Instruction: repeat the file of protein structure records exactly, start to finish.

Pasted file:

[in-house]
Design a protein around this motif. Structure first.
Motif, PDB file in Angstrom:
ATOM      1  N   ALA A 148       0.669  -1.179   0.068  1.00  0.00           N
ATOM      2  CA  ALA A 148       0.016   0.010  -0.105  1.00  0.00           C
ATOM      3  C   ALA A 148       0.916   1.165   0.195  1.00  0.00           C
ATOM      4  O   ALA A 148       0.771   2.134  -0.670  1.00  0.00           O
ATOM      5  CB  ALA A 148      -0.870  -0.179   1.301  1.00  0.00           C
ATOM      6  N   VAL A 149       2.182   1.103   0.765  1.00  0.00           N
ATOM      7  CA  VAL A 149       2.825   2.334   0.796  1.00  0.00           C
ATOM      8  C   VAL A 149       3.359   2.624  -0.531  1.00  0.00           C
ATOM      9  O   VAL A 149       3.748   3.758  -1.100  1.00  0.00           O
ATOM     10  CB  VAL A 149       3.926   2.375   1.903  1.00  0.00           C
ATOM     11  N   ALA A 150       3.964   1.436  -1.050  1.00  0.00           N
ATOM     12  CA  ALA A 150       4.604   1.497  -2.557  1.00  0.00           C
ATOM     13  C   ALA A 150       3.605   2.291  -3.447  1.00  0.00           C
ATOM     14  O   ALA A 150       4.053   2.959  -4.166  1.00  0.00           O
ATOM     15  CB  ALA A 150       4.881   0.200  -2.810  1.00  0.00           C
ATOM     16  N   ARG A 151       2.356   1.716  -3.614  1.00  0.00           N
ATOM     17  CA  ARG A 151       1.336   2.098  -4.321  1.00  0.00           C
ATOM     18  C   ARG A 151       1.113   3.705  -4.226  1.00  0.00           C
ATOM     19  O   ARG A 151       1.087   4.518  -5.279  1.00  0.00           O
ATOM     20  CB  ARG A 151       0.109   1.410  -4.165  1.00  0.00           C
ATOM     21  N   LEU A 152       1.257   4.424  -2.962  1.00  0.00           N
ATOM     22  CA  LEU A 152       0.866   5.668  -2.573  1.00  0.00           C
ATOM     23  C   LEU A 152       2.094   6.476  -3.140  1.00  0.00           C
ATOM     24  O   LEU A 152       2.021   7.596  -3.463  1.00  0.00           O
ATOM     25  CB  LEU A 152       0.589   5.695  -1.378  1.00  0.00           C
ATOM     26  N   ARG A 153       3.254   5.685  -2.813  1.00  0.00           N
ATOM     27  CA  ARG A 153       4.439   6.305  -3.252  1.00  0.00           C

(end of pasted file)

[in-house]
Design a protein around this motif. Structure first.
Motif, PDB file in Angstrom:
ATOM      1  N   ALA A 148       0.669  -1.179   0.068  1.00  0.00           N
ATOM      2  CA  ALA A 148       0.016   0.010  -0.105  1.00  0.00           C
ATOM      3  C   ALA A 148       0.916   1.165   0.195  1.00  0.00           C
ATOM      4  O   ALA A 148       0.771   2.134  -0.670  1.00  0.00           O
ATOM      5  CB  ALA A 148      -0.870  -0.179   1.301  1.00  0.00           C
ATOM      6  N   VAL A 149       2.182   1.103   0.765  1.00  0.00           N
ATOM      7  CA  VAL A 149       2.825   2.334   0.796  1.00  0.00           C
ATOM      8  C   VAL A 149       3.359   2.624  -0.531  1.00  0.00           C
ATOM      9  O   VAL A 149       3.748   3.758  -1.100  1.00  0.00           O
ATOM     10  CB  VAL A 149       3.926   2.375   1.903  1.00  0.00           C
ATOM     11  N   ALA A 150       3.964   1.436  -1.050  1.00  0.00           N
ATOM     12  CA  ALA A 150       4.604   1.497  -2.557  1.00  0.00           C
ATOM     13  C   ALA A 150       3.605   2.291  -3.447  1.00  0.00           C
ATOM     14  O   ALA A 150       4.053   2.959  -4.166  1.00  0.00           O
ATOM     15  CB  ALA A 150       4.881   0.200  -2.810  1.00  0.00           C
ATOM     16  N   ARG A 151       2.356   1.716  -3.614  1.00  0.00           N
ATOM     17  CA  ARG A 151       1.336   2.098  -4.321  1.00  0.00           C
ATOM     18  C   ARG A 151       1.113   3.705  -4.226  1.00  0.00           C
ATOM     19  O   ARG A 151       1.087   4.518  -5.279  1.00  0.00           O
ATOM     20  CB  ARG A 151       0.109   1.410  -4.165  1.00  0.00           C
ATOM     21  N   LEU A 152       1.257   4.424  -2.962  1.00  0.00           N
ATOM     22  CA  LEU A 152       0.866   5.668  -2.573  1.00  0.00           C
ATOM     23  C   LEU A 152       2.094   6.476  -3.140  1.00  0.00           C
ATOM     24  O   LEU A 152       2.021   7.596  -3.463  1.00  0.00           O
ATOM     25  CB  LEU A 152       0.589   5.695  -1.378  1.00  0.00           C
ATOM     26  N   ARG A 153       3.254   5.685  -2.813  1.00  0.00           N
ATOM     27  CA  ARG A 153       4.439   6.305  -3.252  1.00  0.00           C